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The growth and decay of a Paleogene Intrusive Complex, Isle of Skye


Scottish Universities Environmental Research Centre

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Prof D Mark , Prof R Ellam , Dr R Ickert , Prof C Macpherson No more applications being accepted Funded PhD Project (European/UK Students Only)

About the Project

The full details of this project on the IAPETUS2 webpage (https://www.iapetus2.ac.uk/) will be available shortly. To apply for this position, use the following link www.gla.ac.uk/ScholarshipApp

For further information please contact: Darren Mark (SUERC, University of Glasgow) [Email Address Removed].

The project student will join the Caledonian Geochronology & Geochemistry Research Group (https://www.scottishisotopes.co.uk/) and be based fulltime at SUERC (https://www.gla.ac.uk/research/az/suerc/). Further project details can be found here: https://www.scottishisotopes.co.uk/postgraduate

PROJECT SUMMARY:

The Paleogene Igneous Complex, Isle of Skye has fascinated geologists for over 200 years, encouraging multiple field expeditions despite the steep, jagged peaks. The story of these hills begins more than 61 million years ago with volcanic activity during the initial opening stages of the North Atlantic Ocean. As North America and Europe ripped apart, large volumes of basalt lava were erupted from long narrow fissures on what is now the West coast of Scotland. As time went on, the volcanism became focused at several specific locations, creating large, central volcanoes. The remnants of these volcanoes can be observed today as either thick lava flows or large intrusive complexes and nested plutons (e.g., Cullins).

The emplacement and construction of such large plutons is a widely debated topic and controversies centre on (1) the origin of voluminous granites, and (2) how they are emplaced. These can be summarised as the source and the space problem. Models that have been hypothesised to address the source issue range from mostly partial melting of the crust to fractionation from basaltic sources, whereas models addressing emplacement mechanisms vary from km-scale diapiric rise to incremental emplacement of small magma batches.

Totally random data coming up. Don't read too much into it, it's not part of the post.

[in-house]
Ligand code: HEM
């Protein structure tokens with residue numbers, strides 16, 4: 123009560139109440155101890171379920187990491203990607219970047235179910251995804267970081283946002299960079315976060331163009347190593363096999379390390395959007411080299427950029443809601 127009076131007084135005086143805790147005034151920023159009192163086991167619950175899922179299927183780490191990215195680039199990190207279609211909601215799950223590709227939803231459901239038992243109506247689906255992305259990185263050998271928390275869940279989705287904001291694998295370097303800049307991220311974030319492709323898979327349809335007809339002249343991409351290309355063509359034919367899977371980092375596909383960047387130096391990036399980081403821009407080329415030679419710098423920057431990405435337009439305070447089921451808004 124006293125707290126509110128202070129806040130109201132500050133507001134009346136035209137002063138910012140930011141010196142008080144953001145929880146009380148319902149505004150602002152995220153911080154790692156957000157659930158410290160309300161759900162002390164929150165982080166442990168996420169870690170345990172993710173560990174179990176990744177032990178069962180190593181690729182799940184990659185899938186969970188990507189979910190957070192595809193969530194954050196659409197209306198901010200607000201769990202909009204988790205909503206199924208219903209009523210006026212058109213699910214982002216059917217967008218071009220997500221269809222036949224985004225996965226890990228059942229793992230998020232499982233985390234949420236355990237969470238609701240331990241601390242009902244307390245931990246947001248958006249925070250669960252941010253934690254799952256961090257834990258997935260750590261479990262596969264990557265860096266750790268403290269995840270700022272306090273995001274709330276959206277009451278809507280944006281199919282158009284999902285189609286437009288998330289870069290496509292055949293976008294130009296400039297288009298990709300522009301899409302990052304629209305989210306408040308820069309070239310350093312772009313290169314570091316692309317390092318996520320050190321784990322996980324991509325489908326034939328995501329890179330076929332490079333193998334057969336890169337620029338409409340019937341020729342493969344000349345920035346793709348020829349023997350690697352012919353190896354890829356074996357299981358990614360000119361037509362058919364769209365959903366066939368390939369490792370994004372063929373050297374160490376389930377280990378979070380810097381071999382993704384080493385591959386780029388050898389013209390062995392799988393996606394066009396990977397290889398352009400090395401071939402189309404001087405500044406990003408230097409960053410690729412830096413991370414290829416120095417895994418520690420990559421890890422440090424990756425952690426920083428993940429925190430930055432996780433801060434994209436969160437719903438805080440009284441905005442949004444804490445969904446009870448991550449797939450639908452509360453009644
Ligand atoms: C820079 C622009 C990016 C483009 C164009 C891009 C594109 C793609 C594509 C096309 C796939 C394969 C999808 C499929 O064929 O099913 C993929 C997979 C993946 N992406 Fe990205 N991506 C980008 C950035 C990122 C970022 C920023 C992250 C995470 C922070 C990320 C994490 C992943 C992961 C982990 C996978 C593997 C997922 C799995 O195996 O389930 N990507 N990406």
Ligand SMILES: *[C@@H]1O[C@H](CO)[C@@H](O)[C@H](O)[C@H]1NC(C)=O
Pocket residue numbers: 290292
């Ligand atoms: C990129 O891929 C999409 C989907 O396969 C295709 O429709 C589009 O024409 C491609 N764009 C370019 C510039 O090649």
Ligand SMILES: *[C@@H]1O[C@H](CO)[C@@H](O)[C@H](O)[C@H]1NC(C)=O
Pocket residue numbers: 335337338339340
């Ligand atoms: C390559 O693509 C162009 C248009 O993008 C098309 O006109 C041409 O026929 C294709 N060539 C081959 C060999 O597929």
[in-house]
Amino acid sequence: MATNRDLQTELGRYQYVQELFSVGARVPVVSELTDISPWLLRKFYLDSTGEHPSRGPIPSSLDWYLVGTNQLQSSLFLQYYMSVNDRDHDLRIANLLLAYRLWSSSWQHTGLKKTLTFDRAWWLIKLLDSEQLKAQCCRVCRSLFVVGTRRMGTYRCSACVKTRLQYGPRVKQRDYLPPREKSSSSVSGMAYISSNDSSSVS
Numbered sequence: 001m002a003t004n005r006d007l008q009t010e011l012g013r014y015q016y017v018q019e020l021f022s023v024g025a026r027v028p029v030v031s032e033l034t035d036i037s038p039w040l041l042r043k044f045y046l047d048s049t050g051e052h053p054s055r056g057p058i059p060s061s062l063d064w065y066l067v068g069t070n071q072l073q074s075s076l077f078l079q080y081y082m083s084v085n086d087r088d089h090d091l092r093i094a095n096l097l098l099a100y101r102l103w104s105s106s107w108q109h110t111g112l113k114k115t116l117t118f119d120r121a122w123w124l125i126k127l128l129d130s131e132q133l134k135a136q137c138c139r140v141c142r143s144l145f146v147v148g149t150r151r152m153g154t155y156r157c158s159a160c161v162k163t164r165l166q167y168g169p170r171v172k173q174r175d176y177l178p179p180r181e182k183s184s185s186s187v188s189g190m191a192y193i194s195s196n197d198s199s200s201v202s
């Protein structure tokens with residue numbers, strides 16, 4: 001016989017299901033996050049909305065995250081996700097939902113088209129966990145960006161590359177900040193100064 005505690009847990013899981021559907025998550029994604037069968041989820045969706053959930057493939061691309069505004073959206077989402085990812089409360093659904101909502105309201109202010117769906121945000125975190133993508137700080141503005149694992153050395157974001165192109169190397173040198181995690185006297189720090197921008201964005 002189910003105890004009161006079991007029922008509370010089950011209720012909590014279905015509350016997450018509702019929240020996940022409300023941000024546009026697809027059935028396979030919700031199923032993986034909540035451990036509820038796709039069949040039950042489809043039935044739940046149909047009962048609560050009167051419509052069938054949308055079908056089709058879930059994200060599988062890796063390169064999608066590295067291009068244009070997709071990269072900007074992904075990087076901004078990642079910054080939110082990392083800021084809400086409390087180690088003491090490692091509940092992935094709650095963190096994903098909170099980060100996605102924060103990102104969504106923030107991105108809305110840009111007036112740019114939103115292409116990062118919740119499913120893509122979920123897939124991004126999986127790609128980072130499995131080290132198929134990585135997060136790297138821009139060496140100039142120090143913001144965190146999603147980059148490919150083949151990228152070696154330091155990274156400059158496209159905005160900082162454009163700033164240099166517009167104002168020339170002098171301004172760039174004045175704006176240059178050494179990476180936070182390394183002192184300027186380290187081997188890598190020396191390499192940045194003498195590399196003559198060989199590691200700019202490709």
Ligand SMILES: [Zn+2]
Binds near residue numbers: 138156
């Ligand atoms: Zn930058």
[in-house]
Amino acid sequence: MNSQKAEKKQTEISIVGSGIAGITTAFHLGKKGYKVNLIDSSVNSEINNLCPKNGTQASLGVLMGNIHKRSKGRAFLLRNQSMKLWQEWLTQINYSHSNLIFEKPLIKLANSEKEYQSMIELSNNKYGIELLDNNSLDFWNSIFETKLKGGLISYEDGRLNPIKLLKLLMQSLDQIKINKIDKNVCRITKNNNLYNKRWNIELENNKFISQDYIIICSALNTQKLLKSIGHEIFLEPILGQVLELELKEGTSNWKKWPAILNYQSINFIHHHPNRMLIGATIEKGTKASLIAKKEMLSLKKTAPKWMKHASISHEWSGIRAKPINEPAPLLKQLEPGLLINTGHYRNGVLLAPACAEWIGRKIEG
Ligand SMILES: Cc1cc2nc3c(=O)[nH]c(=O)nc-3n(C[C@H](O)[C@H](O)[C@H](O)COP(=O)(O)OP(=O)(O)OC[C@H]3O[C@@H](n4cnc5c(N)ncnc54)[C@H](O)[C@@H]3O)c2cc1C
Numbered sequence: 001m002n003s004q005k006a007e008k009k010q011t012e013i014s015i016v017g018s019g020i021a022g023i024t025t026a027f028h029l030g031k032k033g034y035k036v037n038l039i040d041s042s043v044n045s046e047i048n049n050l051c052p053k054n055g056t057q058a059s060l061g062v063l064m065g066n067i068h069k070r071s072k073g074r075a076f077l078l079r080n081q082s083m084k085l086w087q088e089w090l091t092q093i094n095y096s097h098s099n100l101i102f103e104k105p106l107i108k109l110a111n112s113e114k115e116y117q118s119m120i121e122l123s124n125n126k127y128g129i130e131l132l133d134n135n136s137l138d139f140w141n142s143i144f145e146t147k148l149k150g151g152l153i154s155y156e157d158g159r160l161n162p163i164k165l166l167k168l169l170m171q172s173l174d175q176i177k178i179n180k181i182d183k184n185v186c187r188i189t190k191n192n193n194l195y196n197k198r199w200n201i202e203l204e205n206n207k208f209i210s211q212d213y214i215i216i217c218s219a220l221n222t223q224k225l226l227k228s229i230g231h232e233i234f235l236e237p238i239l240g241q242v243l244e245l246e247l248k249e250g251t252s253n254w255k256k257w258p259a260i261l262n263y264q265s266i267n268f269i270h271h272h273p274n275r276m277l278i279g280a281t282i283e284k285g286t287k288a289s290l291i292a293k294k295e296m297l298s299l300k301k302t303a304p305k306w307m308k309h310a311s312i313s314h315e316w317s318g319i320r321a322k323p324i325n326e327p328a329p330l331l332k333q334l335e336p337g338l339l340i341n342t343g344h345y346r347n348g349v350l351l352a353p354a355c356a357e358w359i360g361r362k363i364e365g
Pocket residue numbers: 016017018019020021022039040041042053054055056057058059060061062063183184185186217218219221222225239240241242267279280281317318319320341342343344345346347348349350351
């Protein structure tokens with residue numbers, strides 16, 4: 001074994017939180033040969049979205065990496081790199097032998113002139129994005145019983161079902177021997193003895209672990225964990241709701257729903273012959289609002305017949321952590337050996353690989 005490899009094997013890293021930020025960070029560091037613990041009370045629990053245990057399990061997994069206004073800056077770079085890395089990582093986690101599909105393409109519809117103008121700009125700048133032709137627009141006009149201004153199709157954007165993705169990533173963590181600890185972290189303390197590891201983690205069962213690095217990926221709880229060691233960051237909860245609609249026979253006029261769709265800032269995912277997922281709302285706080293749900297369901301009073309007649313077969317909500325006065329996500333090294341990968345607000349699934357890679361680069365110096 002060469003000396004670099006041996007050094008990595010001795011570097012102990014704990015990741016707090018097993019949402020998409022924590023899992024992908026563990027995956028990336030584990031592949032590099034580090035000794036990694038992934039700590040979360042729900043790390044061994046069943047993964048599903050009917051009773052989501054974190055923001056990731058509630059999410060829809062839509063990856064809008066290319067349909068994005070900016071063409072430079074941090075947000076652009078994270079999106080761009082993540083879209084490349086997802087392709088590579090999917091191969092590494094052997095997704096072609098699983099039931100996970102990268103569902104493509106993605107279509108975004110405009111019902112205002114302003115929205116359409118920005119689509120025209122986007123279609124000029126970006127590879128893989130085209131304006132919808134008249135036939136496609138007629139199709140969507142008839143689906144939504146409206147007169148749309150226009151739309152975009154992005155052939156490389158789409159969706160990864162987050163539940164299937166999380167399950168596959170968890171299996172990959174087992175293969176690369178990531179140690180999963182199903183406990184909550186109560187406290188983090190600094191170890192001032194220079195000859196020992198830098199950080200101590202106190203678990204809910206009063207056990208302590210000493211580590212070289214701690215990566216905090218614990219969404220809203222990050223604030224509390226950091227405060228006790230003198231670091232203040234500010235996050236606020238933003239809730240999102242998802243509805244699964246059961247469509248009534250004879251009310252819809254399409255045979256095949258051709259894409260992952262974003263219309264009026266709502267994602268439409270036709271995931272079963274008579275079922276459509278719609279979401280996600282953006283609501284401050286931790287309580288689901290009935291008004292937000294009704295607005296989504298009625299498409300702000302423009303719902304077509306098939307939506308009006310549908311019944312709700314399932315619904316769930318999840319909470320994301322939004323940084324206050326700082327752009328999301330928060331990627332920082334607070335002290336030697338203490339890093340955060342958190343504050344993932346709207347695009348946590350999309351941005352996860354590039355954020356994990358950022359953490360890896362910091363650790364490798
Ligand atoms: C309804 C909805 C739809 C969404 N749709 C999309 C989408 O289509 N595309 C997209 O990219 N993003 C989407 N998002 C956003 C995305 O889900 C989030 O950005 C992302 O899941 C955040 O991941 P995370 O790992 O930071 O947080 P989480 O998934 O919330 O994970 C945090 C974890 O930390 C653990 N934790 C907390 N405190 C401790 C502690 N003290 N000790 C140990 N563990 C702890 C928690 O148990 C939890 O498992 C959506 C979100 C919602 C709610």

Precise zircon U-Pb geochronology, however, suggests plutons are accreted by addition of small magma batches to the middle-upper crust over 10,000 to 100,000 year timescales. Subsequently, a complex of nested plutons can accumulate to form batholiths over 1,000,000 to 10,000,000 years. During these periods pulses of high magma flux can be followed by periods of relative quiescence with magmatic flare-up periods proposed to explain the non-linear growth of large batholiths.

In the field the surface (topographic) exposure of different phases of magmatic activity within such nested plutons may hinder the relative reconstruction of emplacement, however U-Pb geochronology applied to zircon offers a high-precision method to reconstruct the timescales of magmatic activity on the pluton, igneous intrusive suite, or bathoith scale. Ar/Ar geochronology on mineral phases from the same rocks can track cooling rates and periods of high heat flow as new magma batches are emplaced into the crust.

This PhD project aims:
(1) Use zircon U-Pb geochronology and isotopic variability (Hf and O isotopes) to precisely determine the timescales for emplacement of the Paleogene Igneous Complex, Isle of Skye.
(2) Document the development of a crustal thermal anomaly leading to increased crustal assimilation in the magmas and use Ar/Ar geochronology to detail the eventual cessation of activity and cooling of the intrusive bodies.
(3) Use different modelling techniques to quantify emplacement rates for the different phases of the Paleogene Igneous Complex, Isle of Skye.

STUDENT

The project requires a student from a geological background who has a desire to combine field observations with precise and accurate laboratory measurements (geochemistry and geochronology). Experience of field mapping, numerically literate and demonstrable ability to work with isotope data are key. The student will be immersed in the Caledonian Geochronology & Geochemistry Research Group at the Scottish Universities Environmental Research Centre (SUERC), which currently includes 6 PhD students, 2 post-doctoral researchers and 4 research technicians. Working with CASE partners Thermo Scientific will allow the student to get direct experience in the mass spectrometer industry, including high precision design of cutting-edge instrumentation. During the course of the PhD the student will spend 3 months in Bremen, Germany and 2 months at Purdue University.
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